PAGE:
Russia denies endangering astronauts on International Space Station with space junk

·2-min read
Artist’s impression released in September of debris field in low-Earth orbit (ESA/AFP via Getty Images)
Artist’s impression released in September of debris field in low-Earth orbit (ESA/AFP via Getty Images)

Russia has rejected accusations it endangered astronauts aboard the International Space Station by conducting a weapons test that created more than 1,500 pieces of space junk.

US officials accused Russia of destroying an old satellite with a missile in what they called a reckless and irresponsible strike.

NATO’s chief backed their assessment the debris could damage the space station.

Four Americans, one German and two Russians were on board the ISS and ordered to immediately seek shelter in their docked capsules once the situation became clear on Monday morning.

After two hours in the capsules, they emerged only to have to close and reopen hatches to the station’s individual labs on every orbit as they passed near or through the space debris.

Even a fleck of paint can do major damage when orbiting at 17,500 mph and large objects could be catastrophic upon impact.

UK Space Command has criticised Russia for conducting the test and Air Vice-Marshal Paul Godfrey described the action as “irresponsible”.

International Space Station photographed by Expedition 56 crew members from a Soyuz spacecraft (REUTERS)
International Space Station photographed by Expedition 56 crew members from a Soyuz spacecraft (REUTERS)

Astronauts now face four times greater risk than normal from space junk, NASA Administrator Bill Nelson said.

The defunct Russian satellite Cosmos 1408 was orbiting around 40 miles higher than the space station.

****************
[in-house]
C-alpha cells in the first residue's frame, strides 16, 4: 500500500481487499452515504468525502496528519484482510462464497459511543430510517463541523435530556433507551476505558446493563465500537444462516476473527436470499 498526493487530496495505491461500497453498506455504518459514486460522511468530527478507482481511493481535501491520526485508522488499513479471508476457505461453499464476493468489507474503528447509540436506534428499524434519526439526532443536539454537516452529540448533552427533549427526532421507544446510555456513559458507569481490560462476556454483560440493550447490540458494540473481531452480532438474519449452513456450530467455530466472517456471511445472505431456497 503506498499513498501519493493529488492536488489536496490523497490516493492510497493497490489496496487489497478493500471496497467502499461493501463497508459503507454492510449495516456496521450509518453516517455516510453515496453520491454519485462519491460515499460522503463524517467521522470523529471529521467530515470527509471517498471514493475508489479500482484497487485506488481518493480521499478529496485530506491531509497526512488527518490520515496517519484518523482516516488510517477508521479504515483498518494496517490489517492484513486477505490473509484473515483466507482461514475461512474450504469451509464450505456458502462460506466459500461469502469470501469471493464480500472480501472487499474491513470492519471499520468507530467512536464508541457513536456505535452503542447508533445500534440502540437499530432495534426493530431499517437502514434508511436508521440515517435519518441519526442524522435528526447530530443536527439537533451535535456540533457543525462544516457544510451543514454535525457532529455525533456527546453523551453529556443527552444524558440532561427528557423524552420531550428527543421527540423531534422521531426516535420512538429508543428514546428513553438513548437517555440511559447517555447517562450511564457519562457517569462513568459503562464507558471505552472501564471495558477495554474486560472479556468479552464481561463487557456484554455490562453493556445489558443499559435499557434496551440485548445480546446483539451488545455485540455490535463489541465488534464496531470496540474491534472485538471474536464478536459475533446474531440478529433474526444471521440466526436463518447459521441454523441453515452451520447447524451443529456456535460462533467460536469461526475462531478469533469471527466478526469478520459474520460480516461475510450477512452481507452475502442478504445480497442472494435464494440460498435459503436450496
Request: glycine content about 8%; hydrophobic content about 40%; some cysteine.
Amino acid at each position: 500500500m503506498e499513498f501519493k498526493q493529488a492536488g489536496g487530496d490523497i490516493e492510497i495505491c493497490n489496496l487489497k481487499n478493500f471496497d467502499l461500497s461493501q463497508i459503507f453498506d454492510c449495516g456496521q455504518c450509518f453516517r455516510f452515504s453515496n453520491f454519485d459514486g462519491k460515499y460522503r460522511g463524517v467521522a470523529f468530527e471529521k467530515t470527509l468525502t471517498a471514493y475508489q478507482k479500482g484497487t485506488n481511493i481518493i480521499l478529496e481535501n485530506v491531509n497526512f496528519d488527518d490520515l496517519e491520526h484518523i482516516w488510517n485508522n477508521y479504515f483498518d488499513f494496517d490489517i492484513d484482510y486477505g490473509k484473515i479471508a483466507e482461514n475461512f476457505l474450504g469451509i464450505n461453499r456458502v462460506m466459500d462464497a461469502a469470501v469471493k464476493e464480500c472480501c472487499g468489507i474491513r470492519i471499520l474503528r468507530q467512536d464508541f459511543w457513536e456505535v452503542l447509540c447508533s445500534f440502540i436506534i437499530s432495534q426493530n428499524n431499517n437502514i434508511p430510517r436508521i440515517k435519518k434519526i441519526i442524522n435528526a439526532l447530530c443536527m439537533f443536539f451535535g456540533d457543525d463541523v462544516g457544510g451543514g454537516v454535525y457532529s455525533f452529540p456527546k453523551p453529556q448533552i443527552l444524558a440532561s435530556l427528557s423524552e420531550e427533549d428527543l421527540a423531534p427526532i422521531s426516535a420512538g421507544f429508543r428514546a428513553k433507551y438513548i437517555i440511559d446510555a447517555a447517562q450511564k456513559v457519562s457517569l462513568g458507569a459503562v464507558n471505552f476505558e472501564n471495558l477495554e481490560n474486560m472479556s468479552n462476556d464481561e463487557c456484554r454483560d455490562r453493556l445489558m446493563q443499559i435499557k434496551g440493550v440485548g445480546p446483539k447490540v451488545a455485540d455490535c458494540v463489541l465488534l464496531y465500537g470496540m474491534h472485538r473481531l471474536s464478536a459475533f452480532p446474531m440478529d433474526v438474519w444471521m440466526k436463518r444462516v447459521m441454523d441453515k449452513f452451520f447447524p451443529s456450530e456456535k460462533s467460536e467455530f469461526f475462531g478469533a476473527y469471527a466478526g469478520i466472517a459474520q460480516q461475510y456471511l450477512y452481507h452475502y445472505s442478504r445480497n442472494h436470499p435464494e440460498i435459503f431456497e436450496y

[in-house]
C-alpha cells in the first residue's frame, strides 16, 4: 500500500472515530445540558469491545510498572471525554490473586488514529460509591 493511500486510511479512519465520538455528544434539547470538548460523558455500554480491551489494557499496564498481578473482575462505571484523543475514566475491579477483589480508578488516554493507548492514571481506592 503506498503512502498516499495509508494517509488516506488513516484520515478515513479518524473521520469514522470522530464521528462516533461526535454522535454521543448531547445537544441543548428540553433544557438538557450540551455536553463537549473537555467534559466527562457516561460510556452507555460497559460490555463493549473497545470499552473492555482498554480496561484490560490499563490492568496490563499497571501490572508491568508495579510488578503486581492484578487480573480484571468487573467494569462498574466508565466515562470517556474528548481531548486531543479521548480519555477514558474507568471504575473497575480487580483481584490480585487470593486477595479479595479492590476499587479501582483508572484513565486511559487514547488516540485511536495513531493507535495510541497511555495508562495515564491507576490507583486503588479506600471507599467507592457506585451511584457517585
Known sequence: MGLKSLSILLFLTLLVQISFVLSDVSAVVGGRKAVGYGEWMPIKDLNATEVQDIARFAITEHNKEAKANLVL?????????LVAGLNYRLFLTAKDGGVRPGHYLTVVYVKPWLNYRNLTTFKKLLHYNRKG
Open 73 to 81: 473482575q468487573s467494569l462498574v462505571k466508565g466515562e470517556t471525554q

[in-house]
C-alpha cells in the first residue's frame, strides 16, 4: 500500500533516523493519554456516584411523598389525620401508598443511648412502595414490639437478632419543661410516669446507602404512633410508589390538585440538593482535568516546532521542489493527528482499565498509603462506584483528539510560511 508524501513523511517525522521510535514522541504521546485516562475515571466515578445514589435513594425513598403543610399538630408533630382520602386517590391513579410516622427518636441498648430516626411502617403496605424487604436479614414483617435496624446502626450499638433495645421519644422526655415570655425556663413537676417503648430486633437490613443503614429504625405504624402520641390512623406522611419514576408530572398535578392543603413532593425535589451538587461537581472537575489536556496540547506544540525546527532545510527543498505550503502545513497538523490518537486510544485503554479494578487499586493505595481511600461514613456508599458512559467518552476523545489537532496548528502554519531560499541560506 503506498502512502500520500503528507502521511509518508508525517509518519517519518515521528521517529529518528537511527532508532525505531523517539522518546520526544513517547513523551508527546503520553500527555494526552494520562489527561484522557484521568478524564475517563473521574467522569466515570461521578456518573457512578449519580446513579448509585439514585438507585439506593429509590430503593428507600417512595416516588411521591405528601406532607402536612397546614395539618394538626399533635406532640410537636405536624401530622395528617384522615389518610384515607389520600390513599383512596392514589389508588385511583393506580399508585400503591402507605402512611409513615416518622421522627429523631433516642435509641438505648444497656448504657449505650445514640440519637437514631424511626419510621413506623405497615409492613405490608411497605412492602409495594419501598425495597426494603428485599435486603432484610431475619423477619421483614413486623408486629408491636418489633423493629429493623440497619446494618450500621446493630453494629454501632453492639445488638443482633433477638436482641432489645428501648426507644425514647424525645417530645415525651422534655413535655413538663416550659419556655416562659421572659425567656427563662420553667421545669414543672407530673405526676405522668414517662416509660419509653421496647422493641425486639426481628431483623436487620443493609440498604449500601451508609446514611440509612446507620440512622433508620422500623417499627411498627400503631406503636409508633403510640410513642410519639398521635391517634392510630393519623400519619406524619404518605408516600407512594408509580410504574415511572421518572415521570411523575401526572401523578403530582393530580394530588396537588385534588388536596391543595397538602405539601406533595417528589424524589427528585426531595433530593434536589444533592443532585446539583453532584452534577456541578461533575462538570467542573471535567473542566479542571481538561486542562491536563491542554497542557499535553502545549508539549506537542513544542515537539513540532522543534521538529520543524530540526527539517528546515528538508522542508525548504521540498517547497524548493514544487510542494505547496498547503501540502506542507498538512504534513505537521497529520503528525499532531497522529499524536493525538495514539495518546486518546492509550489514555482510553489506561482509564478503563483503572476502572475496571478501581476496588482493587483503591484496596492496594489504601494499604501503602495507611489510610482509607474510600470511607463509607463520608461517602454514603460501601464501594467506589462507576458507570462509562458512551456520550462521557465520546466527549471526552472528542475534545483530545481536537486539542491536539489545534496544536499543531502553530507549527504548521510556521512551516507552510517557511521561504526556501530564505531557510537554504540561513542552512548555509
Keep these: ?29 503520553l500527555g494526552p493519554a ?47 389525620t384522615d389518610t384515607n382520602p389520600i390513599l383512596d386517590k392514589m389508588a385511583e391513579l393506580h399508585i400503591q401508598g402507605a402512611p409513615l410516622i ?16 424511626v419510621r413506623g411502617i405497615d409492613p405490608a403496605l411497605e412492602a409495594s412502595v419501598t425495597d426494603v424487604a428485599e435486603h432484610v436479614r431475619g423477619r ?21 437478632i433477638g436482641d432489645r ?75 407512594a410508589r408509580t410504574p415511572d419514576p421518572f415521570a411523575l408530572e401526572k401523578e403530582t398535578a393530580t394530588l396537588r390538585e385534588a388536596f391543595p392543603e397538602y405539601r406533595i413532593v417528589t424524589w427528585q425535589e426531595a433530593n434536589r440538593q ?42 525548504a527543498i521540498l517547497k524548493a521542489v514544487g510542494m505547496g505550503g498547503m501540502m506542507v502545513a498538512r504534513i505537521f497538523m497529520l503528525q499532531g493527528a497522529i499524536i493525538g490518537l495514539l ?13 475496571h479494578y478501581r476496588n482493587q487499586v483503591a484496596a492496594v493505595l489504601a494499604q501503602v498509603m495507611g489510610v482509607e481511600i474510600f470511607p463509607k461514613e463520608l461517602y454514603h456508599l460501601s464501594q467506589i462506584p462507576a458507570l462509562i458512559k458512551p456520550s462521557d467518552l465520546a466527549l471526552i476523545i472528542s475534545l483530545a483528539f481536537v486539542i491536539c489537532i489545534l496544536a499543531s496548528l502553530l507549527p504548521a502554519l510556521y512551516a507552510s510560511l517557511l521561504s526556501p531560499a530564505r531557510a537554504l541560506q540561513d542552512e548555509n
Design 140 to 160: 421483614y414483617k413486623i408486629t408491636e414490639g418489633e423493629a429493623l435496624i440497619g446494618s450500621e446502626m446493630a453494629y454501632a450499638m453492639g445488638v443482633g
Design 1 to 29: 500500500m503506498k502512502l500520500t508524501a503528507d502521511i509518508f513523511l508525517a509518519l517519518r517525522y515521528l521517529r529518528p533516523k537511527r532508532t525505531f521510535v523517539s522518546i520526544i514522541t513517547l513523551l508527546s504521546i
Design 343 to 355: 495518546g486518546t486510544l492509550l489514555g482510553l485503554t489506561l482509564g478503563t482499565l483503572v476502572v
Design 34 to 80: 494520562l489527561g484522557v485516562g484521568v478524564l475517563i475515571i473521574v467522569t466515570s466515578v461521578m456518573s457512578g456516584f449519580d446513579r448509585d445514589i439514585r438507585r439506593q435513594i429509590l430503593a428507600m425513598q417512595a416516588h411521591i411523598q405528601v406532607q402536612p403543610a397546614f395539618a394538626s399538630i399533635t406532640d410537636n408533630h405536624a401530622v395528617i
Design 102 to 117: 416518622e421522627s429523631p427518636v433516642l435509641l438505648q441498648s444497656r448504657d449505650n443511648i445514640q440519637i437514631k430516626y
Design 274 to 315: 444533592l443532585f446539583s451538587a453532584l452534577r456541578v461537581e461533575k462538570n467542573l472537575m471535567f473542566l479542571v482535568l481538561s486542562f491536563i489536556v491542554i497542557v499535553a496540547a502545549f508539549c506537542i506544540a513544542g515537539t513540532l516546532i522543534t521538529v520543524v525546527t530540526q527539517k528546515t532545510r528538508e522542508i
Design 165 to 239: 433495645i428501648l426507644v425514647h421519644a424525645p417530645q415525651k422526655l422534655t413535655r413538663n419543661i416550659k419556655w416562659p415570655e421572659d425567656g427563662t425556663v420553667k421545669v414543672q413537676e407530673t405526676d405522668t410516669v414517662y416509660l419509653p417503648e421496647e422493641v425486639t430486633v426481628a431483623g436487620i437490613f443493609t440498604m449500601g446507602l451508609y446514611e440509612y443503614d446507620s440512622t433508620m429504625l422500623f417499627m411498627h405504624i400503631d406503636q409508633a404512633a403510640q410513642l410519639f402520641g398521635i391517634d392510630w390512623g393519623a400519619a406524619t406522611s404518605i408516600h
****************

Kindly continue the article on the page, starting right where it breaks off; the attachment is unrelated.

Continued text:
US Secretary of State Antony Blinken said the test clearly demonstrates Russia “is willing to imperil the exploration and use of outer space by all nations through its reckless and irresponsible behaviour”.

Russia‘s Defense Ministry said remarks by US officials were “hypocritical.”

US Senator Bill Nelson (POOL/AFP via Getty Images)
US Senator Bill Nelson (POOL/AFP via Getty Images)

It confirmed on Tuesday it had conducted a test and destroyed a defunct satellite that had been in orbit since 1982.

But it insisted that “the US knows for certain that the resulting fragments, in terms of test time and orbital parameters, did not and will not pose a threat.”

Defense Minister Sergei Shoigu said the strike was carried out “with surgical precision” and posed no threat to the space station.

The Russian space agency Roscosmos would not confirm or deny the strike took place and said only the “unconditional safety of the crew has remains our main priority”.

NATO Secretary-General Jens Stoltenberg agreed Russia‘s actions endangered the space station.

“This was a reckless act by Russia to actually shoot down and destroy a satellite as part of a test of an anti-satellite weapons system,” Stoltenberg said.

There were fears that the International Space Station would fly through the debris field after the missile test (Nasa/PA) (PA Media)
There were fears that the International Space Station would fly through the debris field after the missile test (Nasa/PA) (PA Media)

He explained it was a concern “because it demonstrates that Russia is now developing new weapons systems that can shoot down the satellites, can destroy important space capabilities for basic infrastructure on Earth, like communications, like navigation, or like early warning of missile launches”.

The German Foreign Ministry also said it was “very concerned” by the test which it said resulted in “additional risks” for the astronauts on the ISS.

“This irresponsible behavior carries a high risk of miscalculations and escalation,” the ministry said.

They added the test underlines the urgency of an international agreement on rules for the peaceful use of space.

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